How I Used Play to Help When My Child Was Fighting With Her Friend

English

A guest post with Stephanie Parker

Two children fighting on a playdate in post about how play can helpYesterday my 8-year-old daughter had a friend playing at our house all day.

There were lots of arguments and power struggles over their play. It wasn't going well.

The other girl said that she wanted to go home a few times and both of them didn't look like they were enjoying themselves.

I was trying to get stuff done while they were playing, but I realised they needed some support.

I stopped what I was doing and went and listened to them both.

Listen and Then Connect

They both said what they wanted to do but they couldn't agree on anything. So I offered to play Lego with them. They liked that idea, and they both wanted me to stay and we spent a long time having fun. They both really enjoyed their interactions with me.

After a while I tried to get back to what I was doing, and for a while it was ok but then they began to argue again.

How Play Helped The Fighting Stop

 Kids, Fights, Play, ArguingSo I went back to them and started to think about what Playlistening game I could bring to their play. I realised I'd have to be careful here because my daughter is getting older. She has enjoyed my Playlistening games for many years but now if I don't come up with fresh ideas they don't often work for her any more.

I took my time to think of an idea and then I got inspired. I grabbed two of her dolls and held them. I made them begin chatting to each other about my daughter and her friend.

One doll said “Listen to these two girls, they are just arguing, they will NEVER agree what to play with together” and the other doll agreed, “No they just can't agree what to play with.”

The girls started to smile and get interested.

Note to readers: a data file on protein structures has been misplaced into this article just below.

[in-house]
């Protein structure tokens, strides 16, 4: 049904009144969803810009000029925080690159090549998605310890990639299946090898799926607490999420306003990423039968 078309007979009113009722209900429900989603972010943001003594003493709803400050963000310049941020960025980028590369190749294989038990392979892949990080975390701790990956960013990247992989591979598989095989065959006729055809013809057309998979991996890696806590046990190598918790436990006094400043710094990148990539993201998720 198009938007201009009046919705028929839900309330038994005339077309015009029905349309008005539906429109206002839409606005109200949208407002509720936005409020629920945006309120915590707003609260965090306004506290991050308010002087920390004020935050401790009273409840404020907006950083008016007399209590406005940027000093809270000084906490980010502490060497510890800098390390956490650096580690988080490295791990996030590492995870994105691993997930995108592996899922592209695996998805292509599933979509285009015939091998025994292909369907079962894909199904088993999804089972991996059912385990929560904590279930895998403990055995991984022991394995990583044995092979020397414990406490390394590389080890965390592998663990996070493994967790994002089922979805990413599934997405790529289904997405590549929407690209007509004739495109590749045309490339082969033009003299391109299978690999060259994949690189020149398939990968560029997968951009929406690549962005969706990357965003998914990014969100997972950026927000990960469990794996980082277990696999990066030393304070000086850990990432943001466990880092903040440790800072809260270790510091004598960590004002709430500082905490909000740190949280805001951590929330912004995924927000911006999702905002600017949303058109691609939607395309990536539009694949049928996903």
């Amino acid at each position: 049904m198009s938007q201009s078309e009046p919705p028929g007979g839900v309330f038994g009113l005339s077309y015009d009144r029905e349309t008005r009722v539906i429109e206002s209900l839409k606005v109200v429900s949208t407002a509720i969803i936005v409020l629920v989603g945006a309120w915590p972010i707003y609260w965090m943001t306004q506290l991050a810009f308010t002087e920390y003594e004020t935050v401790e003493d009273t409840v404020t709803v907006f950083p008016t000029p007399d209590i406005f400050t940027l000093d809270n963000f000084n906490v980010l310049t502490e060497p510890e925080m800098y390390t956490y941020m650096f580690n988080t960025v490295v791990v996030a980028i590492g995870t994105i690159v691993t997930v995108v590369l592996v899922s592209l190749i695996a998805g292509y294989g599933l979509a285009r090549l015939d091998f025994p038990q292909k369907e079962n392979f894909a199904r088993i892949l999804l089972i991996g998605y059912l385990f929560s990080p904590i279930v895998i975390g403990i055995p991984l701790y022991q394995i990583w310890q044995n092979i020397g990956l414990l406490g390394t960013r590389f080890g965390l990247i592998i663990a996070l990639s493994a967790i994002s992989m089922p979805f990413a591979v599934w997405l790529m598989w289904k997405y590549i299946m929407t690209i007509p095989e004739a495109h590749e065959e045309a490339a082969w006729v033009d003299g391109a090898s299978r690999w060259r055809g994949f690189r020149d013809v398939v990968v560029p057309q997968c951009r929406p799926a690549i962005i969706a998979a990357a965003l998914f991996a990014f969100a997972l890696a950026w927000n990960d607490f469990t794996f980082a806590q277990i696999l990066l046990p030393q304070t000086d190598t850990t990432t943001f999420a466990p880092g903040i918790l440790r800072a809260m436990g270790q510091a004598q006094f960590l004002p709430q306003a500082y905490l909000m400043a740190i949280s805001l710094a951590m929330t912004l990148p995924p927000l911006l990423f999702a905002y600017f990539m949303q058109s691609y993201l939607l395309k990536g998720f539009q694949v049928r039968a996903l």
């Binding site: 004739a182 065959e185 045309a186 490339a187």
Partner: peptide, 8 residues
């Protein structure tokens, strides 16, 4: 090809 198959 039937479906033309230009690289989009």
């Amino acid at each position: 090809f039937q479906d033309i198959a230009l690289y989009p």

Then my daughter's friend said that the dolls were stupid and should be quiet. I was glad. The tension was starting to move towards the dolls and not between the girls any longer.

Encouraged, I continued. So the doll said “Did you hear that, she called us stupid, we are NOT stupid!”

The friend continued to tell them to be quiet.

This game went on for a little while… back and forth, back and forth, until suddenly the girls decided to do some face painting together.

They spent the rest of the afternoon painting their faces (and mine) and dancing to songs from Mamma Mia. They didn't argue for the rest of their time together and, when it was time for the friend to leave, said happy goodbyes.

Why it Works:

A little bit of laughter and connection can be all it takes to help children release brewing tensions. Stephanie moved in fairly quickly when she realised the girls weren't resolving their issues with one another. This connection meant that their emotions didn't escalate out of control, into a loud argument or fighting. Sometimes that warm presence is enough to soothe those bad feelings and turn them around, but in this case Stephanie needed a little extra to tide them over. She used Playlistening. By projecting towards the dolls, both girls were able to step outside of themselves and shed the tension they'd been feeling. After this, they were able to play happily for the rest of the day.

For more ways to make parenting easier get 5 Revolutionary Ideas That Make Parenting Less Stressful 

You can also see how laughter and play can help even when kids get aggressive in 20 Playful Ways To Heal Aggression

meet the instructor

Hand in Hand Parenting Instructor UK Stephanie Parker with her daughterStephanie Parker lives in Gloucestershire, UK with her daughter and partner. You can read more about how she’s using Hand in Hand Parenting tools to face challenges in her own family both on her blog and on her Facebook page .

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